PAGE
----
Birthing modernity: the BBC’s Count Dracula (1977)

HOPKINS, Lisa (2017). Birthing modernity: the BBC’s Count Dracula (1977). Journal of Adaptation in Film & Performance, 10 (3), 217-226.

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Link to published version:: https://doi.org/10.1386/jafp.10.3.217_1
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    Abstract

    The BBC’s 1977 Count Dracula is cast firmly in the mould of a BBC classic serial, privileging fidelity, frocks and location shots. However, a surprising amount of cultural work is done by the adaptation’s few but striking deviations from its general principle of fidelity, such as the total omission of Arthur Holmwood, the turning of Lucy and Mina into sisters rather than friends and Dracula’s speech in defence of vampirism, coupled with the absence of any suggestion that vampirism might be a metaphor for something other than itself. This adaptation’s focus, I suggest, is to precipitate the arrival of modernity, as a half-glimpse of the Simone Martini Annunciation in the crypt of Carfax leads into Dracula materializing in Mina’s bedroom as white smoke like an Unholy Ghost, suggesting that a new era is about to dawn and that sexuality is out of the coffin in which the Victorians sought to imprison it.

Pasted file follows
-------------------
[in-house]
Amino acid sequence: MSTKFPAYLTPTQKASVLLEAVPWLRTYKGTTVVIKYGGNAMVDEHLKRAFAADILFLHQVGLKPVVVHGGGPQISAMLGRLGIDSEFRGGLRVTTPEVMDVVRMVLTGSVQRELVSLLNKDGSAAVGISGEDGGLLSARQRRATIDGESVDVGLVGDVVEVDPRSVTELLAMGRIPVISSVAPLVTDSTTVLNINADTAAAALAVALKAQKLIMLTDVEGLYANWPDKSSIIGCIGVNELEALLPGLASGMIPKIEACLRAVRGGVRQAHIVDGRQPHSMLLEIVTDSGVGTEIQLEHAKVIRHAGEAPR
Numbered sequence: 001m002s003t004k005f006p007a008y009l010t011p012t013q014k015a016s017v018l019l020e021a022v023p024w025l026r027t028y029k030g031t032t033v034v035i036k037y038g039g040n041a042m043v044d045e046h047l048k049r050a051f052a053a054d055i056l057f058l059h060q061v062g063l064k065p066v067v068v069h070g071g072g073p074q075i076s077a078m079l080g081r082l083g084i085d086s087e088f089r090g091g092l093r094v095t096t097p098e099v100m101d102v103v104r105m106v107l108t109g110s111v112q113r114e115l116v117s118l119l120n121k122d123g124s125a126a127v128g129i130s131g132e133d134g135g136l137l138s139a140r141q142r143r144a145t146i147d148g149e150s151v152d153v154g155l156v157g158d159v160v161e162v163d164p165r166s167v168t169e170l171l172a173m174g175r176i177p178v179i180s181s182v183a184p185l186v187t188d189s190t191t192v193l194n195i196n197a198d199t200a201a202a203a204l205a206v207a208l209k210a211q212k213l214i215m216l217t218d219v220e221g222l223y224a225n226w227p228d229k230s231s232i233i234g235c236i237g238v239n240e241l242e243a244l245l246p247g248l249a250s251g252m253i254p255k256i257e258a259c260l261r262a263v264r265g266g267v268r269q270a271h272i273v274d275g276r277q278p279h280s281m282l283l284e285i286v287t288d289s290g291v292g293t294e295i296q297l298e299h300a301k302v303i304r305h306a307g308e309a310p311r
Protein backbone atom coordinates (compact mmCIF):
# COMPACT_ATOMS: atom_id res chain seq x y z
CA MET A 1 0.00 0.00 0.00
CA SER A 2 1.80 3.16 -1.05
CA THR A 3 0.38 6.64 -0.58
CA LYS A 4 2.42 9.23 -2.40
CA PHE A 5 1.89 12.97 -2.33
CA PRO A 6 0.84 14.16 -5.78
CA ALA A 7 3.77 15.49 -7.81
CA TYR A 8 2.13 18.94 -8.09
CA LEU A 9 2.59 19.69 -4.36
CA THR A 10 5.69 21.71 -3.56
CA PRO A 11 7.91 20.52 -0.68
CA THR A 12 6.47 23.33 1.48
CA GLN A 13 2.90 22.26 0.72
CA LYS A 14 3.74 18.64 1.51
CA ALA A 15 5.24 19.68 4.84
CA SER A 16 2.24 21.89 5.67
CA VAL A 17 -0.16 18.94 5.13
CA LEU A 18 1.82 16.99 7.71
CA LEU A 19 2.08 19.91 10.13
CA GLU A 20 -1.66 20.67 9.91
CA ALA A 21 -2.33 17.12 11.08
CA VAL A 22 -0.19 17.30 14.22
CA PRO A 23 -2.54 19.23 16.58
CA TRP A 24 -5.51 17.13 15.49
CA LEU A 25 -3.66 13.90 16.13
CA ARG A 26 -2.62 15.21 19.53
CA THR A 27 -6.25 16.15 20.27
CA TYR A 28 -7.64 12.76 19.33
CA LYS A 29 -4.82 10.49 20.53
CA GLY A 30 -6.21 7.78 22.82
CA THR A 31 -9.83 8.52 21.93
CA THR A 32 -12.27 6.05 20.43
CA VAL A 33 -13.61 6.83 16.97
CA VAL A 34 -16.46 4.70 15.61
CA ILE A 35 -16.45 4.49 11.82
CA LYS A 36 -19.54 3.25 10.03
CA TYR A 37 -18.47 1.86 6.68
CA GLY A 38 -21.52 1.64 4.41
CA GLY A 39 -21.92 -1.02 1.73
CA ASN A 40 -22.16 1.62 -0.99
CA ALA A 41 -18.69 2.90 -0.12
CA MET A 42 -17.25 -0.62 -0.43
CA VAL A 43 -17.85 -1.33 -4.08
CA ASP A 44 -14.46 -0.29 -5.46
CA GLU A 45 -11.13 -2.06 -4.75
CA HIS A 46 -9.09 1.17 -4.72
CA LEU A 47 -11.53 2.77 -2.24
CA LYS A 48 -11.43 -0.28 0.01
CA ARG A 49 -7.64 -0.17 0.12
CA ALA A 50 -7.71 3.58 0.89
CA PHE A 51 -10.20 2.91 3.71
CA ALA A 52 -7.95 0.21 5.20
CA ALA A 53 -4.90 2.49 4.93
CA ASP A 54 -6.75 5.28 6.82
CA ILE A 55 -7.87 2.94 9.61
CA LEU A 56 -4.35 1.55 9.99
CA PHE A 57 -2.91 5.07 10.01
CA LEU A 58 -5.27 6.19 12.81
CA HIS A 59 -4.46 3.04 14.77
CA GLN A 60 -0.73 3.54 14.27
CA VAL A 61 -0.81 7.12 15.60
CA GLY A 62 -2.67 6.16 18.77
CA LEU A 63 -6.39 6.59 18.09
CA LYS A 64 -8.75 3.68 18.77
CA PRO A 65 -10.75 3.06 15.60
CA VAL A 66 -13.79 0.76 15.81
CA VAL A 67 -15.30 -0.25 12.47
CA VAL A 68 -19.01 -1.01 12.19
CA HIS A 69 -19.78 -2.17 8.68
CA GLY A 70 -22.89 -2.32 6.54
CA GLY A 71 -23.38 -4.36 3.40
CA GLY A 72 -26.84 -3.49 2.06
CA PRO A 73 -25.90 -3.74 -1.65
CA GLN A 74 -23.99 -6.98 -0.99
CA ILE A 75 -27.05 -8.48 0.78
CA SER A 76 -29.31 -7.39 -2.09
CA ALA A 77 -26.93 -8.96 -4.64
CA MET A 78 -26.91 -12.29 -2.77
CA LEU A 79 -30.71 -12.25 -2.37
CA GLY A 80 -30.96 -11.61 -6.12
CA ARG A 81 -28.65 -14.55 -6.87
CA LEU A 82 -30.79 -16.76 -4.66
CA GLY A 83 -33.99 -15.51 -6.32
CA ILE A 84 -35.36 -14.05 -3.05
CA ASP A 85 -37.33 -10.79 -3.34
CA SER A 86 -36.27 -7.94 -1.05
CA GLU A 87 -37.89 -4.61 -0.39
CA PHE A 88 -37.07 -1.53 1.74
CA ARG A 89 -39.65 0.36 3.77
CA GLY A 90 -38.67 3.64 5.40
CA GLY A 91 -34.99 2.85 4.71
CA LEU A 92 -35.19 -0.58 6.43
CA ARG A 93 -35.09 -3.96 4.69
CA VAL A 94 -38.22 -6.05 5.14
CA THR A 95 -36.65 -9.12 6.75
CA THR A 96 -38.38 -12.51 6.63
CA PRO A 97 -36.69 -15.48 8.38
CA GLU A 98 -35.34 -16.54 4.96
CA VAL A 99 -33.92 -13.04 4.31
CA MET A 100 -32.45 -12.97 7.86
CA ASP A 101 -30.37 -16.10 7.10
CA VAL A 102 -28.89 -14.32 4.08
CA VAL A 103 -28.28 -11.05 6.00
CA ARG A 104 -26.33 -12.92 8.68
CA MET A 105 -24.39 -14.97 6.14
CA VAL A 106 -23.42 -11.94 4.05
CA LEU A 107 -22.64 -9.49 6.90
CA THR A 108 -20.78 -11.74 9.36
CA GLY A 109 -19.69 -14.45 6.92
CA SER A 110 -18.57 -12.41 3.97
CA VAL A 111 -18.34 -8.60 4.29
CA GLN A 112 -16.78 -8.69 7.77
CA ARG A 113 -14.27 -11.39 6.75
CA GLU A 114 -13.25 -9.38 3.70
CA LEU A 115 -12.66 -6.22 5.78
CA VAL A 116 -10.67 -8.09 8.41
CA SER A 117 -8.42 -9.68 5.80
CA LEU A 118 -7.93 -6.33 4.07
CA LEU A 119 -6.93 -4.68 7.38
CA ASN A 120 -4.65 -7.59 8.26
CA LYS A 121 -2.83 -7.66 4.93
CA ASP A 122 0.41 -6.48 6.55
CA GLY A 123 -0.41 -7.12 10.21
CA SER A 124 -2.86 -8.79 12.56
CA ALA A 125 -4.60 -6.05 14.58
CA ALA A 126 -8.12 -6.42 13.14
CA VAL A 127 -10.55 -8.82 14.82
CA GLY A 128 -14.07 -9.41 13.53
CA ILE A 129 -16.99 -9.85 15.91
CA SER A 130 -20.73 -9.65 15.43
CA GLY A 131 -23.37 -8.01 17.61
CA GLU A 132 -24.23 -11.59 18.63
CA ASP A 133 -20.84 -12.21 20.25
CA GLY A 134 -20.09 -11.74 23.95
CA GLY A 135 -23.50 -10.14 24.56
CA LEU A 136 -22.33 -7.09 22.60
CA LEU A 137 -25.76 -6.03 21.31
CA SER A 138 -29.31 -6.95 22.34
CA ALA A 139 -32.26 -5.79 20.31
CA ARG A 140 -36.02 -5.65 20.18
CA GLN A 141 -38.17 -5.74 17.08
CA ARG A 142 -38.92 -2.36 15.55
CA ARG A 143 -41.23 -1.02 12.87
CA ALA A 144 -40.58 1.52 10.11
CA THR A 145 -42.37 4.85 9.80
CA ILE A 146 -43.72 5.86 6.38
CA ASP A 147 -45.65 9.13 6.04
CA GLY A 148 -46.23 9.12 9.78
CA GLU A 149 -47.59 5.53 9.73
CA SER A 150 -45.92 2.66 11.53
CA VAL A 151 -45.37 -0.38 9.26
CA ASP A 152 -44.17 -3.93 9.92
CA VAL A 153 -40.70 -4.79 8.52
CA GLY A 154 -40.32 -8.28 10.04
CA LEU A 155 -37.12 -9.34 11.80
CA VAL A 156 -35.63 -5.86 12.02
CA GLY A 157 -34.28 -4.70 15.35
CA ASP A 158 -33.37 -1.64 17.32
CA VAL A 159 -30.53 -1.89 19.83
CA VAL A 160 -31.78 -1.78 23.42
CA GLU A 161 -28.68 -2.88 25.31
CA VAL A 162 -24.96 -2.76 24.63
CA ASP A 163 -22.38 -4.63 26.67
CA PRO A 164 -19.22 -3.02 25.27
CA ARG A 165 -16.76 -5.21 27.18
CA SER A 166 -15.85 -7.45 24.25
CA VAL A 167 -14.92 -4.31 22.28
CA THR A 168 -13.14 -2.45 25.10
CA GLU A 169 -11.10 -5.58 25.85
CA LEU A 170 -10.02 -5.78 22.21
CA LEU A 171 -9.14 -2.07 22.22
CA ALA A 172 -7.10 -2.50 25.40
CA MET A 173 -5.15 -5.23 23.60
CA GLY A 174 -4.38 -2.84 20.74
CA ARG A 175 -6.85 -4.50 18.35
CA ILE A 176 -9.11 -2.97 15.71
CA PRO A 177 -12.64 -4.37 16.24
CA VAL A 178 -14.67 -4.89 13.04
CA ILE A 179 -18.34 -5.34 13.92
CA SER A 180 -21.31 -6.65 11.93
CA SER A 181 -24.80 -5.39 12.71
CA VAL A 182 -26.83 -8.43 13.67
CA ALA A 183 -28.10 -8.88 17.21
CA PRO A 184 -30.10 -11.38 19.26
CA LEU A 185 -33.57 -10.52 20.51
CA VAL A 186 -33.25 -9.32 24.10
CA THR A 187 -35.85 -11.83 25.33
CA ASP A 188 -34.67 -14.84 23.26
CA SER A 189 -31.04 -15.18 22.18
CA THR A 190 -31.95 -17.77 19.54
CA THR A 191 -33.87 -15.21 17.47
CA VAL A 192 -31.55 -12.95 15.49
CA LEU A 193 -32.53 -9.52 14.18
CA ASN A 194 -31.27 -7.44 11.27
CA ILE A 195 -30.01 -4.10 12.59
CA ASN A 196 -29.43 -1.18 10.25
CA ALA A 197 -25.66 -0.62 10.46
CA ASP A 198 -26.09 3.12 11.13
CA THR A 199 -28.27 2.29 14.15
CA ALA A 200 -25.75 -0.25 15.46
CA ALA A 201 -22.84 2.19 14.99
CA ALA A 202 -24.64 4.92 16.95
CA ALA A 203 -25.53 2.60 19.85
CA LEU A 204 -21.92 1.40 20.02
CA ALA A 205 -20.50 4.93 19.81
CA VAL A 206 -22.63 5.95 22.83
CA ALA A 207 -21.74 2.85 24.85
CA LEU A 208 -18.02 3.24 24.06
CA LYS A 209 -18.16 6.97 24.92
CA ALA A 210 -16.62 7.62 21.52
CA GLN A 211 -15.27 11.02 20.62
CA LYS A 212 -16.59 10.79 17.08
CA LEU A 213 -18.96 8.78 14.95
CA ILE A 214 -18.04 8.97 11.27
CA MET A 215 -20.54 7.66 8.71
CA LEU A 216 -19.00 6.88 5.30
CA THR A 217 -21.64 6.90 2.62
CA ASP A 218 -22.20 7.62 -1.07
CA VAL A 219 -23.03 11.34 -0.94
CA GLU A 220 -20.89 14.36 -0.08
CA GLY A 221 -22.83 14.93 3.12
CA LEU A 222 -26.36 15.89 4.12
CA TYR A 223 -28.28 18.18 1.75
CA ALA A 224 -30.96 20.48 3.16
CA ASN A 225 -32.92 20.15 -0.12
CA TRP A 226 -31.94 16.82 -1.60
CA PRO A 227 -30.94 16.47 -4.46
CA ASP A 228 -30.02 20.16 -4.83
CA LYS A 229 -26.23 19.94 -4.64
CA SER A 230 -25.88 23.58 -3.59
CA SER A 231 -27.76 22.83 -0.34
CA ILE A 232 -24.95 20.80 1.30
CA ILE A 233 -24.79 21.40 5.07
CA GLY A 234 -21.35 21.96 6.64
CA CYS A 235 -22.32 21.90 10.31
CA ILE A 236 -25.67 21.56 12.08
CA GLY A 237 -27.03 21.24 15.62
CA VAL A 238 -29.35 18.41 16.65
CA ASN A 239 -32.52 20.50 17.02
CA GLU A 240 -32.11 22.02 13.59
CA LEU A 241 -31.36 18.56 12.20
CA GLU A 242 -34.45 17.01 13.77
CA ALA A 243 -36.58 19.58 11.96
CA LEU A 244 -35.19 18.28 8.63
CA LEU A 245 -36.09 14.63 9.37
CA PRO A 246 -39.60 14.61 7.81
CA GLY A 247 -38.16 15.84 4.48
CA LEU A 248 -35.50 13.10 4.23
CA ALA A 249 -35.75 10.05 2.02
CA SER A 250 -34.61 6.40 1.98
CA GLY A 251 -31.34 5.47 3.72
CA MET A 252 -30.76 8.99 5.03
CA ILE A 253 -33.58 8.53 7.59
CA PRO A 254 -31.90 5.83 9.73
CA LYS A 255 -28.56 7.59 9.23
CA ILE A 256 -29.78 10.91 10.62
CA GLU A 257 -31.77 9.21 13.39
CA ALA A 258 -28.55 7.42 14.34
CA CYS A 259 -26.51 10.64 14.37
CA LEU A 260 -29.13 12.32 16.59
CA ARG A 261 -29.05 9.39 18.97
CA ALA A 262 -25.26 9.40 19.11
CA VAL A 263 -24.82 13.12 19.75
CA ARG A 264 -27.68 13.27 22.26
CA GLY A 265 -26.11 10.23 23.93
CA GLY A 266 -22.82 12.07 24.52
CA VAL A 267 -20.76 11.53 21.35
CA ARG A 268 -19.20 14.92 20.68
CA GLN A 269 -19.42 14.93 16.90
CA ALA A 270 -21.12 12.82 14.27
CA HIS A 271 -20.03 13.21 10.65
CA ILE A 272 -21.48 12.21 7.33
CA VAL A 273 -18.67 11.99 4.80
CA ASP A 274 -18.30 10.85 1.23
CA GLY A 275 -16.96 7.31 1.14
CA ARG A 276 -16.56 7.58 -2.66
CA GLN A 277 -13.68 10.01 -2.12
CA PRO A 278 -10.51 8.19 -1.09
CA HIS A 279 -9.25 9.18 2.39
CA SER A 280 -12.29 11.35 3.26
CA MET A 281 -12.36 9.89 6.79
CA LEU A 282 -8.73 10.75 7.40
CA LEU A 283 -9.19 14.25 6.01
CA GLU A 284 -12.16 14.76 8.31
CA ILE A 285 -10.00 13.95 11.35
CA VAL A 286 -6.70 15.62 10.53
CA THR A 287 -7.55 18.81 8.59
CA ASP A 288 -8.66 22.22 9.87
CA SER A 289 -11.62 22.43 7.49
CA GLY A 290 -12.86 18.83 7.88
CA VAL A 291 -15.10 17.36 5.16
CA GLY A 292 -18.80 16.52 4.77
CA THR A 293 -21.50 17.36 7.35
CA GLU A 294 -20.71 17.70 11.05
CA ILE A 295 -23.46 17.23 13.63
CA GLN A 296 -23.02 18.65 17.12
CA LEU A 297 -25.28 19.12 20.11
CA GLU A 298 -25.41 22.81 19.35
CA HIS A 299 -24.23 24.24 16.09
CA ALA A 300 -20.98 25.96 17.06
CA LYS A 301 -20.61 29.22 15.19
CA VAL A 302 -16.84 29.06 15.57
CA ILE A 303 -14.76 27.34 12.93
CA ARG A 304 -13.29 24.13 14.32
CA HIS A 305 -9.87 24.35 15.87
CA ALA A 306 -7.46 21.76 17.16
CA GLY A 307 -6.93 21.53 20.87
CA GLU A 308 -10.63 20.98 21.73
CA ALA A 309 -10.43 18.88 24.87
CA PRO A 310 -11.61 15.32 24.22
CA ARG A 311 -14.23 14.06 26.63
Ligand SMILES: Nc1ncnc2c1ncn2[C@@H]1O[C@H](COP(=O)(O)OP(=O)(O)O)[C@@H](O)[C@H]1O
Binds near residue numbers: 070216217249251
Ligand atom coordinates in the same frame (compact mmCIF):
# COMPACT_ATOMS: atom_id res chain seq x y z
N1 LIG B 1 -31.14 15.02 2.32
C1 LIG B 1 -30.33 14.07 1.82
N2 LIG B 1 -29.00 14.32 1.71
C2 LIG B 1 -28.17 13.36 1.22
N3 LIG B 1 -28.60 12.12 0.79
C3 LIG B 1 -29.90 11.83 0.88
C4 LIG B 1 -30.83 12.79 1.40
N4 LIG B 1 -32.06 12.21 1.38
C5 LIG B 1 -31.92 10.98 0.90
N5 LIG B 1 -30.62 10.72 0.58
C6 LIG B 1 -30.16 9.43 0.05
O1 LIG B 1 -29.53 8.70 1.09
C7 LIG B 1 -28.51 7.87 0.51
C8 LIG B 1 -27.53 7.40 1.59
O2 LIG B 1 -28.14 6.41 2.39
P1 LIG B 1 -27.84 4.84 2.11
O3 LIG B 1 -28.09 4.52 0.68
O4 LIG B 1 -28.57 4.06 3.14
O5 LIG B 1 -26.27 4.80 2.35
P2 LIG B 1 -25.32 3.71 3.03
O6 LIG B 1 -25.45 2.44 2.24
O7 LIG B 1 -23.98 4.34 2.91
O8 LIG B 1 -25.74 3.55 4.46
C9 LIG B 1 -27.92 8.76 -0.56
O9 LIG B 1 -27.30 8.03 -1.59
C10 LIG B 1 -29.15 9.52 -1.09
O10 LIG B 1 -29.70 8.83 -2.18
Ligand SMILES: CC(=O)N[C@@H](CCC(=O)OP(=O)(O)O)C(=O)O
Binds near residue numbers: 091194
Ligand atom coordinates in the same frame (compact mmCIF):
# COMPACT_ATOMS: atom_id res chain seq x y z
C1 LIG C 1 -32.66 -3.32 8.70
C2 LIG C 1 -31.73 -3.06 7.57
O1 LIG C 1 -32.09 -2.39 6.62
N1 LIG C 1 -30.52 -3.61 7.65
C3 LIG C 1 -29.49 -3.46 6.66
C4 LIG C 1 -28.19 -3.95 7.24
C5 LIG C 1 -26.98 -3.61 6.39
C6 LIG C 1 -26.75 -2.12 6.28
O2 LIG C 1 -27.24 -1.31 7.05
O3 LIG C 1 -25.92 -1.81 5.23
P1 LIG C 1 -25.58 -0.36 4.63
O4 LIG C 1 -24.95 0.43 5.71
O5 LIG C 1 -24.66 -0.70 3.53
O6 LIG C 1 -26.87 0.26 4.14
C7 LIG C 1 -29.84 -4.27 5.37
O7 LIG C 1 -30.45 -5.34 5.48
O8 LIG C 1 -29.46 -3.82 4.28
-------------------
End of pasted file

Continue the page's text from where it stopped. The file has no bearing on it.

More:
Item Type: Article
    Research Institute, Centre or Group - Does NOT include content added after October 2018: Humanities Research Centre
    Identification Number: https://doi.org/10.1386/jafp.10.3.217_1
    Page Range: 217-226
    Depositing User: Jill Hazard
    Date Deposited: 17 Nov 2017 10:24
    Last Modified: 01 Dec 2018 08:00
    URI: http://shura.shu.ac.uk/id/eprint/17352

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